Cinema and Fineart Photography - Clarke Scott

Cinema and Fineart Photography

THIS PROJECT IS CURRENTLY ON HOLD

Recently I started a new fineart photography project on emotions.

So I’ve been thinking about this over the past few days: Do Cinema and fineart photography have anything in common?

Can stories of human potential be rendered in the still frame as much as it can in the moving one?

Can a filmmaker also be a photographer?

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The answer to these question, I believe is, …hell yes!!

Win Wenders has published photography books for years. And his film work stands alone as evidence of the former question.

Glendyn Ivin an Australian director, and a source of personal inspiration, has published several photography books from a TV series he directed here in Australia called Puberty Blues.

So yes…there are great filmmakers who are also great photographers but the question remains: is there any cross-over between the world of cinema and photography beyond the fact they are both visual art forms? And if so, how?

I believe the answer to this question is both yes and no. Or rather the answer lies somewhere between the two, and exactly where that is will depend in part of the artist, not the format.

This is true because while filmmaking and photography are visual in form they function differently in how a story is not only rendered but also received. That is to say, both photography and cinema can tell stories and they do so differently.

Here is how:

Moving images are dependent on a relation between other sets of images for context and meaning, and a viewer will relate to these images as such. If no further information is supplied confusion will ensue but a filmmaker can also use this device as a method to deliver a big piece of information later on. Either way, we are always aware that if we missed something in a movie, more information may be coming to fill in the missing pieces.

Photographic images, however, are less dependent on further information outside of the frame itself. And importantly the viewer is cognizant of this fact during the viewing experience. Confusion may still occur but someone looking at a photo is aware of the fact that no more information is coming—even if unconsciously so.

Understanding this is all the information supplied provides the viewer with the task of filling in the informational gaps themselves—even if unconsciously so.

However, it is not as if photographic images must tell a complete story or have all the information in that single frame to tell the story. No.

Sometimes it is the case, for instance the picture below, that information is deliberately left from the frame because the artist (in this case Todd Hido) wants the viewer to fill in the missing pieces from their own experience rather than searching for some obfuscated meaning.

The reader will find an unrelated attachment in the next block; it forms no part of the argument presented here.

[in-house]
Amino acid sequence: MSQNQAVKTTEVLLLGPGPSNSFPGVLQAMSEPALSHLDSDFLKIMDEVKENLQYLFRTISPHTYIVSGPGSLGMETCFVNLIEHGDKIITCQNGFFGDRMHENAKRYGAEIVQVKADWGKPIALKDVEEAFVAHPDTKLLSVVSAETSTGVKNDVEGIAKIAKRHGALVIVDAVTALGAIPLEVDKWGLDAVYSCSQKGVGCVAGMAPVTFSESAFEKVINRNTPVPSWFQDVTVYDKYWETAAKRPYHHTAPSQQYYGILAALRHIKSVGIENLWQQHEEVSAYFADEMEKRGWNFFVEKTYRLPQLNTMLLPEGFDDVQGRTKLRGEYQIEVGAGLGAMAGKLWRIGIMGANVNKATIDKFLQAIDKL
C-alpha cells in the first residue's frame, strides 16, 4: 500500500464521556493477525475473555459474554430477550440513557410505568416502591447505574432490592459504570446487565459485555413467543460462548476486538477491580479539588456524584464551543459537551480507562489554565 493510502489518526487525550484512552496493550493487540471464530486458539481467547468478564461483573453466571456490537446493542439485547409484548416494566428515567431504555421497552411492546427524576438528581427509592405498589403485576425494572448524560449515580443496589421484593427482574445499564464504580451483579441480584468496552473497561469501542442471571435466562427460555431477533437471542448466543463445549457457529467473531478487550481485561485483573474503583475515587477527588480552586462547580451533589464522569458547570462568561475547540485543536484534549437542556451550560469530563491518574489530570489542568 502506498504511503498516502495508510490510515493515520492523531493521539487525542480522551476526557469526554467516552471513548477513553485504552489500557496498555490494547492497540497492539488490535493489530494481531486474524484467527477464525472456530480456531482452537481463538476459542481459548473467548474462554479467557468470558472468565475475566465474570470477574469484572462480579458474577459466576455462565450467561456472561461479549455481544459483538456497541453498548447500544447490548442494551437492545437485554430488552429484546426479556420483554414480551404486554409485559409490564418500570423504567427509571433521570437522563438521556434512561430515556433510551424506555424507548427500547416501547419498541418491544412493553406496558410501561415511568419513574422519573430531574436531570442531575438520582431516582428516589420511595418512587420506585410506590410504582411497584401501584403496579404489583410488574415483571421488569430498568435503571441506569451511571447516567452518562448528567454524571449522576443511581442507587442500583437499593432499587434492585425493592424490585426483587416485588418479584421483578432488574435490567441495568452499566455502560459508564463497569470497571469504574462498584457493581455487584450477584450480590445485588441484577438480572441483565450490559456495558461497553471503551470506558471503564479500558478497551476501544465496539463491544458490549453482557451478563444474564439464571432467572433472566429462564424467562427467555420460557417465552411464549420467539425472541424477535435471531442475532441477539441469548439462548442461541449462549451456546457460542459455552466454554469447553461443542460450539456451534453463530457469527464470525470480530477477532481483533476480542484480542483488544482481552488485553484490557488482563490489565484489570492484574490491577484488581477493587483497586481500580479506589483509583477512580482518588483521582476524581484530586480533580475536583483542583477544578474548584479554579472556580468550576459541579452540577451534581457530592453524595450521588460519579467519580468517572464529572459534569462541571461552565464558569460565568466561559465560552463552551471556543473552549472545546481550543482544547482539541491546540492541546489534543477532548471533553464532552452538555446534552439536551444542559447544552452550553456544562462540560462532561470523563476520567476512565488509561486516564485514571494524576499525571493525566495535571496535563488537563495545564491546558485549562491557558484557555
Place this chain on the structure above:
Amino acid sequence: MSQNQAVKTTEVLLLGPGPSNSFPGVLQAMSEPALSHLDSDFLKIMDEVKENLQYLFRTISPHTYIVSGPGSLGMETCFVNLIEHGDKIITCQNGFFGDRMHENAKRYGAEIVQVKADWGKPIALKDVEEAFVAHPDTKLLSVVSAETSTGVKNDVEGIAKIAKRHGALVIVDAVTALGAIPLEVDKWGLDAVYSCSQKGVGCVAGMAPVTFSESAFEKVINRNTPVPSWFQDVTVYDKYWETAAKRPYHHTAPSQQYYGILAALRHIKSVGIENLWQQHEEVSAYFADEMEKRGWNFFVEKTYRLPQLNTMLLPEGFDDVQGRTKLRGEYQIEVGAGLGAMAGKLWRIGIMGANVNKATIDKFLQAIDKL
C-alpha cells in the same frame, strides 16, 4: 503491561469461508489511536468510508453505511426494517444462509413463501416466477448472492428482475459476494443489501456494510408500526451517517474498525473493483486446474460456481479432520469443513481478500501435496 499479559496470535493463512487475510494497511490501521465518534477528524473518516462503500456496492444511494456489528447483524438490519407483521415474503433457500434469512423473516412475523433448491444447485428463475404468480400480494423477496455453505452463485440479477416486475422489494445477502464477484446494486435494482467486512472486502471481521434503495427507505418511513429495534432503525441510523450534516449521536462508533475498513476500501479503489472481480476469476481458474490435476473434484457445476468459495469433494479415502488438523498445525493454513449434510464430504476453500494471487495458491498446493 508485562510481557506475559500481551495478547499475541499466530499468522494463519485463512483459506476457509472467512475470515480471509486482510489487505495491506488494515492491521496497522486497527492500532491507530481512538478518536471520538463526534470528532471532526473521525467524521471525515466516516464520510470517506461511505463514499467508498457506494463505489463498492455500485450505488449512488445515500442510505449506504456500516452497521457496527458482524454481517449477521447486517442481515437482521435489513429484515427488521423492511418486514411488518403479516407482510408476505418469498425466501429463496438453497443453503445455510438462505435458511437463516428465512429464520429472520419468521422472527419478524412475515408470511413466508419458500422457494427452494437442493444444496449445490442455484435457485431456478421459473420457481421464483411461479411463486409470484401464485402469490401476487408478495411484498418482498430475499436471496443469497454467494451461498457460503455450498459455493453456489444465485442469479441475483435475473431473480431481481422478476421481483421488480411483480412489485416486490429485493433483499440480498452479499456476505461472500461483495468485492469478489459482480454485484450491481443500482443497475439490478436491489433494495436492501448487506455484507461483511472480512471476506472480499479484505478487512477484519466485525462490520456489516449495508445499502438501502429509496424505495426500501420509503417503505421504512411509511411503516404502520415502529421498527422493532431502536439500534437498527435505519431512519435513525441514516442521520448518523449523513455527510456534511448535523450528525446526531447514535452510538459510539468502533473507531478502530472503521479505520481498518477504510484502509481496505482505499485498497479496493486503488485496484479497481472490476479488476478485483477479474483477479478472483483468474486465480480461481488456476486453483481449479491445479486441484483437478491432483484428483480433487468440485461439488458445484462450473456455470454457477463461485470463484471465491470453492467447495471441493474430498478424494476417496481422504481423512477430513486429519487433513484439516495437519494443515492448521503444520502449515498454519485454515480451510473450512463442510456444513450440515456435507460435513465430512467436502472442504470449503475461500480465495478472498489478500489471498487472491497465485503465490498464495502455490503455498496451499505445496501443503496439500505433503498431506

One might say that a picture must have enough information to tell a story but not, the story. And I think for this reason a directors creative motivation is as important as her/his aesthetic when it comes to the telling of story, because it is these motivational forces driving the creation of art in the first place, and this can lead us towards any intended outcome of the artist.

So if cinema is storytelling with multiple pictures positioned in a certain and very deliberate sequence, and photography is storytelling with an image that may or may not be related to other images (if said image is part of a larger body of work) and both have utility with regards to shifting an audiences perspective cognitively, is there really a difference between the two?

I believe there is for photography affords a greater space to linger over an image — to muse; to ponder.

In my view this is the power of photography — at least from a fineart storytelling point of view. That is not to say, this cannot happen in movies. It can. It does. But film delivers information over a longer time-frame and therefore is engaged by an audience differently. Plus, if it is true that meaning is relational in film, then the images must be less nebulous than they are in photography.

Perhaps we could draw a rather loose analogue with prose and poetry here. Film is to prose what photography is to poetry? That does not seem too long a bow to draw! Right?!?

Either way, photography gives a viewer the space to fill in those gaps from their own experience—to wonder and wander over and about a piece. Couple this with a degree of self-awareness and we learn something about ourselves from the experience of viewing the photograph. Not just from the photography itself but from the experience of experiencing the picture. It is as if the experience of engaging with the image shifts consciousness and it is this that takes beyond mere entertainment, just like poetry. At first we may experience the mere beauty of the words but as we wonder we begin to see meaning beyond the words. The meaning is found through the act of trying to find meaning.

Cinema on the other hand leads a viewer along a path of understanding. Like a philosophical argument it’s outcome to predetermined by the its author. And the author leads as carefully from pone point to another along a path of understanding to said outcome. And it is the relational nature of film itself that gives cinema this power.

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As I mentioned above, to some degree, I see my film and photography work a little like writing a novel or a poem. Both are special to me. I want to create both. One is a lot more work than the other but in a very different way. Both allow me to tell stories of human potential but do so in a very different way.

I love about both but for very different reasons.

IS LOVE A CHOICE?

A Thousand Moments LAter movie poster

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